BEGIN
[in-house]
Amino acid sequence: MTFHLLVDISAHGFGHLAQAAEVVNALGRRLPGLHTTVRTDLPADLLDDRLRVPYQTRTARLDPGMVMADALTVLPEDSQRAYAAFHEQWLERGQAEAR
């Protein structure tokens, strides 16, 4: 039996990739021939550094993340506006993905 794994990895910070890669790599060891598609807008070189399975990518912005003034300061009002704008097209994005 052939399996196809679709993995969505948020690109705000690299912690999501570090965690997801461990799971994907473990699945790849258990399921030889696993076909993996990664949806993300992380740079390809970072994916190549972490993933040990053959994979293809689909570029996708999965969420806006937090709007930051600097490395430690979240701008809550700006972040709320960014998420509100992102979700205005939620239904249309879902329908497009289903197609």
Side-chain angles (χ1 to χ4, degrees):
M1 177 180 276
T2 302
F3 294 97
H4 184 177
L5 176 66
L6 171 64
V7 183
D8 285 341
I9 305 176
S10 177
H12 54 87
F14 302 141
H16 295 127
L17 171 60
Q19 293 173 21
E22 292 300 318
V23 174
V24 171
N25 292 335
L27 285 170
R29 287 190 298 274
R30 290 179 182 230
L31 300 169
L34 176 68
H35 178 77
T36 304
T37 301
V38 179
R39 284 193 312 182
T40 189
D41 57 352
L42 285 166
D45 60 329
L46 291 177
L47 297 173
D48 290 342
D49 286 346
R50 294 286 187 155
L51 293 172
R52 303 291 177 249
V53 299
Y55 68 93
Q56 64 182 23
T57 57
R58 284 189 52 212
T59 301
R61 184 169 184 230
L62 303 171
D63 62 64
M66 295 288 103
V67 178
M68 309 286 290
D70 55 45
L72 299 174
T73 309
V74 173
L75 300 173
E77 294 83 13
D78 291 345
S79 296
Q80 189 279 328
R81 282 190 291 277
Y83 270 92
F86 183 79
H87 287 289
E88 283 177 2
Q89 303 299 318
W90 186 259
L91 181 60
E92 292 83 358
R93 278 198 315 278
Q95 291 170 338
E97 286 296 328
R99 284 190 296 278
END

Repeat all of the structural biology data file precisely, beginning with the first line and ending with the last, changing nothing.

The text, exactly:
[in-house]
Amino acid sequence: MTFHLLVDISAHGFGHLAQAAEVVNALGRRLPGLHTTVRTDLPADLLDDRLRVPYQTRTARLDPGMVMADALTVLPEDSQRAYAAFHEQWLERGQAEAR
């Protein structure tokens, strides 16, 4: 039996990739021939550094993340506006993905 794994990895910070890669790599060891598609807008070189399975990518912005003034300061009002704008097209994005 052939399996196809679709993995969505948020690109705000690299912690999501570090965690997801461990799971994907473990699945790849258990399921030889696993076909993996990664949806993300992380740079390809970072994916190549972490993933040990053959994979293809689909570029996708999965969420806006937090709007930051600097490395430690979240701008809550700006972040709320960014998420509100992102979700205005939620239904249309879902329908497009289903197609």
Side-chain angles (χ1 to χ4, degrees):
M1 177 180 276
T2 302
F3 294 97
H4 184 177
L5 176 66
L6 171 64
V7 183
D8 285 341
I9 305 176
S10 177
H12 54 87
F14 302 141
H16 295 127
L17 171 60
Q19 293 173 21
E22 292 300 318
V23 174
V24 171
N25 292 335
L27 285 170
R29 287 190 298 274
R30 290 179 182 230
L31 300 169
L34 176 68
H35 178 77
T36 304
T37 301
V38 179
R39 284 193 312 182
T40 189
D41 57 352
L42 285 166
D45 60 329
L46 291 177
L47 297 173
D48 290 342
D49 286 346
R50 294 286 187 155
L51 293 172
R52 303 291 177 249
V53 299
Y55 68 93
Q56 64 182 23
T57 57
R58 284 189 52 212
T59 301
R61 184 169 184 230
L62 303 171
D63 62 64
M66 295 288 103
V67 178
M68 309 286 290
D70 55 45
L72 299 174
T73 309
V74 173
L75 300 173
E77 294 83 13
D78 291 345
S79 296
Q80 189 279 328
R81 282 190 291 277
Y83 270 92
F86 183 79
H87 287 289
E88 283 177 2
Q89 303 299 318
W90 186 259
L91 181 60
E92 292 83 358
R93 278 198 315 278
Q95 291 170 338
E97 286 296 328
R99 284 190 296 278